Building off the "Mastering the PPC Challenge" session at ClickZ Live New York, a look at what makes people click, big picture decisions that affect ad copy, and how to take action.
If you’ve ever worked with a personal trainer, you know they’re very good at giving you a framework for hitting your goals. Cut out sugar, take a spin class. Do this, don’t do that. If you stick with the framework, you’ll see the results you were hoping for. Without the framework, you’re taking shots in the dark – playing a guessing game that may or may not hit your target. This is exactly how we look at ad copy testing. You need a framework for it, a personal trainer who will tell you what to do and why.
Today we’re talking about a strategy for ad copy testing:
ClickZ Live New York was a blast, packed with fantastic sessions. On Wednesday during the "Mastering the PPC Challenge" session, I presented this framework along with case studies – hopefully you didn’t miss out!
What Makes People Click
In his book Influence: The Psychology of Persuasion, Dr. Robert Cialdini details the key principles of influence, including "Commitment and Consistency." This principle says that if people commit orally or in writing, they are more likely to follow through on that commitment, even if the original incentive or motivation is removed. We do this because the idea or goal we committed to reflects our self-image.
Now think back to all the times you may have committed to an offer that was a "free trial," only to upgrade to the paid version later. This is the "Commitment and Consistency" principle at work! A company that designs and hosts websites noticed that the word "free website" in their search ad copy testing drove a huge volume of clicks. So they began offering free websites in their search ads, with an opportunity to upgrade to better templates, more technical support, broader bandwidth, and expanded services. Business went through the roof! Of course customers came for the free, but once committed they stayed for the paid upgrades.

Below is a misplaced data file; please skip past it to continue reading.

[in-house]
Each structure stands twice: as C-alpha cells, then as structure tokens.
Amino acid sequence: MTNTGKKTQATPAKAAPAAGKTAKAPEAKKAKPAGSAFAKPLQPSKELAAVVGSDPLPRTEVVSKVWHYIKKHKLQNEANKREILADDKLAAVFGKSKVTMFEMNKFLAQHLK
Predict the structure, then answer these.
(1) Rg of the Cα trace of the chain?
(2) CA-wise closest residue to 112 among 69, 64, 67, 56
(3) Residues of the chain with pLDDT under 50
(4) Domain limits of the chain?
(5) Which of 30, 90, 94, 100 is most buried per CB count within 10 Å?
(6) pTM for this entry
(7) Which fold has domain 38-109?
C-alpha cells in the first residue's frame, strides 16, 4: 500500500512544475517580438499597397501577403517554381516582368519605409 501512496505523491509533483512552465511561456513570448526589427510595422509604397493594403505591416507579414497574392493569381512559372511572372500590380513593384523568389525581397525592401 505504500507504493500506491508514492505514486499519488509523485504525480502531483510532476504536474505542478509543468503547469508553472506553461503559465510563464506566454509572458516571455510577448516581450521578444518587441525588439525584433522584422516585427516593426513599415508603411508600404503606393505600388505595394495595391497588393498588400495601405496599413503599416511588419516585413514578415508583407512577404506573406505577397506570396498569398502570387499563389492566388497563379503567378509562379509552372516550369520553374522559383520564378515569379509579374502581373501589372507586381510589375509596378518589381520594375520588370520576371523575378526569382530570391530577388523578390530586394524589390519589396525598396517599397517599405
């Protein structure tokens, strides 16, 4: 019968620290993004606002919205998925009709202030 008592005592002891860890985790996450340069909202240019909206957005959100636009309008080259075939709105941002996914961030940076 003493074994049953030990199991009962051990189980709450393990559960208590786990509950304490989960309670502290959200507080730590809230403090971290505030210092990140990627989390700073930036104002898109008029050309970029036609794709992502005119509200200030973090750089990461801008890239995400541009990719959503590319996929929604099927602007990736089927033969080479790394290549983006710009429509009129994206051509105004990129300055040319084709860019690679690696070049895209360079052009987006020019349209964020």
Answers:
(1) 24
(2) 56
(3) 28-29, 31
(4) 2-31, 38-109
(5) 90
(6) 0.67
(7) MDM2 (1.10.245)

Big Picture Decisions That Affect Ad Copy
Offering free websites isn’t a decision that an ad copywriter or search campaign manager can make – this is a big-picture decision that drives ad copy. To really test your ad copy, you need to involve the decision-makers who will understand that incentives, motivation, and friction all affect whether a searcher will click on an ad.
The folks at marketingexperiments.com developed a fantastic formula for the probability of conversions:
While search marketers cannot control the motivation of the user, we can make sure our value prop is clear ("highest quality"), we can offer incentives to take action ("limited-time offer"), we can remove friction ("free returns"), and minimize anxiety ("no fees").
Whether you’re advertising a product or service, take some time to think about what promotions, offers, or executive business decisions (only using PayPal for ease of payment, for example) can affect the probability of conversions from an ad that hits every point of persuasion.
Now that you can see the two key pieces that should drive ad copy testing, start putting it to work for your search campaigns. This chart below shows some specific ad copy phrases to try to meet specific tactical goals.
Vertical-Specific Ad Copy
Combine your new ad copy testing strategy with the rich data the Bing researchers uncovered and let us know what your results are. Find specifics for retail, travel, education, financial services, and diet and exercise right here on ClickZ.
Talk to Us
Do you have a framework for ad copy testing? We’d love to hear about it!
Join the Industry's Leading eCommerce & Direct Marketing Experts in Chicago
ClickZ Live Chicago (Nov 3-6) will deliver over 50 sessions across 4 days and 10 individual tracks, including Data-Driven Marketing, Social, Mobile, Display, Search and Email. Check out the full agenda and register by Friday, Oct 3 to take advantage of Early Bird Rates!
John Gagnon is a Bing Ads Evangelist (aka “search nerd”) at Microsoft. He has worked for both Bing Ads and Google AdWords, and is a frequent speaker at digital marketing conferences such as SES, SMX, and others. He has advised hundreds of clients ranging from Microsoft teams like Windows and Internet Explorer to small businesses like local garage door repair shops just getting started.
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